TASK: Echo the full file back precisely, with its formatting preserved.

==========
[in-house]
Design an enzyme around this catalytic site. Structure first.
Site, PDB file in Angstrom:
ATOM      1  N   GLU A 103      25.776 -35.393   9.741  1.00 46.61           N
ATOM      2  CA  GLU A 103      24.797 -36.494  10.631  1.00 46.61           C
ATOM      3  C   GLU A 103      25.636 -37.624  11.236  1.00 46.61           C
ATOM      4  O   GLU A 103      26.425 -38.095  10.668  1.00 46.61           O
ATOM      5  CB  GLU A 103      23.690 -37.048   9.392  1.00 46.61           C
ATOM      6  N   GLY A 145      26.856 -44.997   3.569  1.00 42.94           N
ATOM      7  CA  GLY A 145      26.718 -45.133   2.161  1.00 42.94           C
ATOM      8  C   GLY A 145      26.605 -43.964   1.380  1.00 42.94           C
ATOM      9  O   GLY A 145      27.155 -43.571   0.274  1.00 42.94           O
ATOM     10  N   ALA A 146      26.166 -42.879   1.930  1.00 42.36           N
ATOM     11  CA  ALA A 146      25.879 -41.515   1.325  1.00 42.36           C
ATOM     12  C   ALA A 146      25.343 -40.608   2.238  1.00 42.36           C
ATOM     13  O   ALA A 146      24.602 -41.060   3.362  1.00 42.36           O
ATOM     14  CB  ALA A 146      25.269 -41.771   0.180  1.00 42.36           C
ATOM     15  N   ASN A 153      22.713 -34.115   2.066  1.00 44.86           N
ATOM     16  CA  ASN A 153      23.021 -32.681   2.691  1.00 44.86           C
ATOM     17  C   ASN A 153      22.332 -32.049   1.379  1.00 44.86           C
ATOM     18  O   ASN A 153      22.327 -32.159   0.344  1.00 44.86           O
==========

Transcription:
[in-house]
Design an enzyme around this catalytic site. Structure first.
Site, PDB file in Angstrom:
ATOM      1  N   GLU A 103      25.776 -35.393   9.741  1.00 46.61           N
ATOM      2  CA  GLU A 103      24.797 -36.494  10.631  1.00 46.61           C
ATOM      3  C   GLU A 103      25.636 -37.624  11.236  1.00 46.61           C
ATOM      4  O   GLU A 103      26.425 -38.095  10.668  1.00 46.61           O
ATOM      5  CB  GLU A 103      23.690 -37.048   9.392  1.00 46.61           C
ATOM      6  N   GLY A 145      26.856 -44.997   3.569  1.00 42.94           N
ATOM      7  CA  GLY A 145      26.718 -45.133   2.161  1.00 42.94           C
ATOM      8  C   GLY A 145      26.605 -43.964   1.380  1.00 42.94           C
ATOM      9  O   GLY A 145      27.155 -43.571   0.274  1.00 42.94           O
ATOM     10  N   ALA A 146      26.166 -42.879   1.930  1.00 42.36           N
ATOM     11  CA  ALA A 146      25.879 -41.515   1.325  1.00 42.36           C
ATOM     12  C   ALA A 146      25.343 -40.608   2.238  1.00 42.36           C
ATOM     13  O   ALA A 146      24.602 -41.060   3.362  1.00 42.36           O
ATOM     14  CB  ALA A 146      25.269 -41.771   0.180  1.00 42.36           C
ATOM     15  N   ASN A 153      22.713 -34.115   2.066  1.00 44.86           N
ATOM     16  CA  ASN A 153      23.021 -32.681   2.691  1.00 44.86           C
ATOM     17  C   ASN A 153      22.332 -32.049   1.379  1.00 44.86           C
ATOM     18  O   ASN A 153      22.327 -32.159   0.344  1.00 44.86           O